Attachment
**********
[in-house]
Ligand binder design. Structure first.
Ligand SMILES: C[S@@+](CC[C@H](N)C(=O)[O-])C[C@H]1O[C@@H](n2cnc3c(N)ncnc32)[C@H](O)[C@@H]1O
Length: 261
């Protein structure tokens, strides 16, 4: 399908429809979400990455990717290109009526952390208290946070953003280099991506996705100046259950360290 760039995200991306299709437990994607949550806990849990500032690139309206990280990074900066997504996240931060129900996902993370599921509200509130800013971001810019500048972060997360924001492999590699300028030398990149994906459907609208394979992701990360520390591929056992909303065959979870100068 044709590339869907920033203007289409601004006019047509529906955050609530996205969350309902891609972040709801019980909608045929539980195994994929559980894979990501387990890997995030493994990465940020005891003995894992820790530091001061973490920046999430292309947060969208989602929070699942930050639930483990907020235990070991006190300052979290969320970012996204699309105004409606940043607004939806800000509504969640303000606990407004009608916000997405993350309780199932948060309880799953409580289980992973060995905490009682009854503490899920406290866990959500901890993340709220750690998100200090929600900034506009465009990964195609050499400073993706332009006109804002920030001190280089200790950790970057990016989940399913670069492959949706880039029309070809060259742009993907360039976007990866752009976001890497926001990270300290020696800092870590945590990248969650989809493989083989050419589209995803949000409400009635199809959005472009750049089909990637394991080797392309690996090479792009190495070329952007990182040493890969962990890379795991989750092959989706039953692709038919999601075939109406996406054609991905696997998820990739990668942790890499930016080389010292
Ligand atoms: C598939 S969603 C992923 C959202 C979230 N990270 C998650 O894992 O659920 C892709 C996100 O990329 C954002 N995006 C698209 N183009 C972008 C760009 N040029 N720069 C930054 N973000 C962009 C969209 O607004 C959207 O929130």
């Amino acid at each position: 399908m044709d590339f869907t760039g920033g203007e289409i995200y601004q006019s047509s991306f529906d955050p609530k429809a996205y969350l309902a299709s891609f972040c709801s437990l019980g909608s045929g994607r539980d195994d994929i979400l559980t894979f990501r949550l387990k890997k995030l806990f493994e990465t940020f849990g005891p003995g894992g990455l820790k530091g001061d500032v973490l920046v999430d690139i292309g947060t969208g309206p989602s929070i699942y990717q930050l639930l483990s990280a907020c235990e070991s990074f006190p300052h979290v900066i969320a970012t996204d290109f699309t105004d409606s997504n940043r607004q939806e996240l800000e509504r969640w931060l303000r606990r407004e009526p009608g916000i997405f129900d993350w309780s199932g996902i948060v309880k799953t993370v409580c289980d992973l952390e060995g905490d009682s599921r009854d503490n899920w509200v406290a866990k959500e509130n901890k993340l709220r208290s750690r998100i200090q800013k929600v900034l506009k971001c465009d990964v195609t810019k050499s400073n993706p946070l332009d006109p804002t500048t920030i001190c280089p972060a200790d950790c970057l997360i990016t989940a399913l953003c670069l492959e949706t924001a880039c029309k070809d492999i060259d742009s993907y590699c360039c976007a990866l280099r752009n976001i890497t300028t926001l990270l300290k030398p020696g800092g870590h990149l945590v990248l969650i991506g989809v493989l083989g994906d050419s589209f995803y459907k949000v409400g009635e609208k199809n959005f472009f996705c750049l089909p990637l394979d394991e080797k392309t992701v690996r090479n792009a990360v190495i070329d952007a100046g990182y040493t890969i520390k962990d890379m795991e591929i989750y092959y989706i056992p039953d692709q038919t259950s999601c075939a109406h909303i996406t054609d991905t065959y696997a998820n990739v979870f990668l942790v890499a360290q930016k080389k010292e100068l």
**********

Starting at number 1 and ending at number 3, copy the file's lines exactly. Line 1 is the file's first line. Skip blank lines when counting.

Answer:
[in-house]
Ligand binder design. Structure first.
Ligand SMILES: C[S@@+](CC[C@H](N)C(=O)[O-])C[C@H]1O[C@@H](n2cnc3c(N)ncnc32)[C@H](O)[C@@H]1O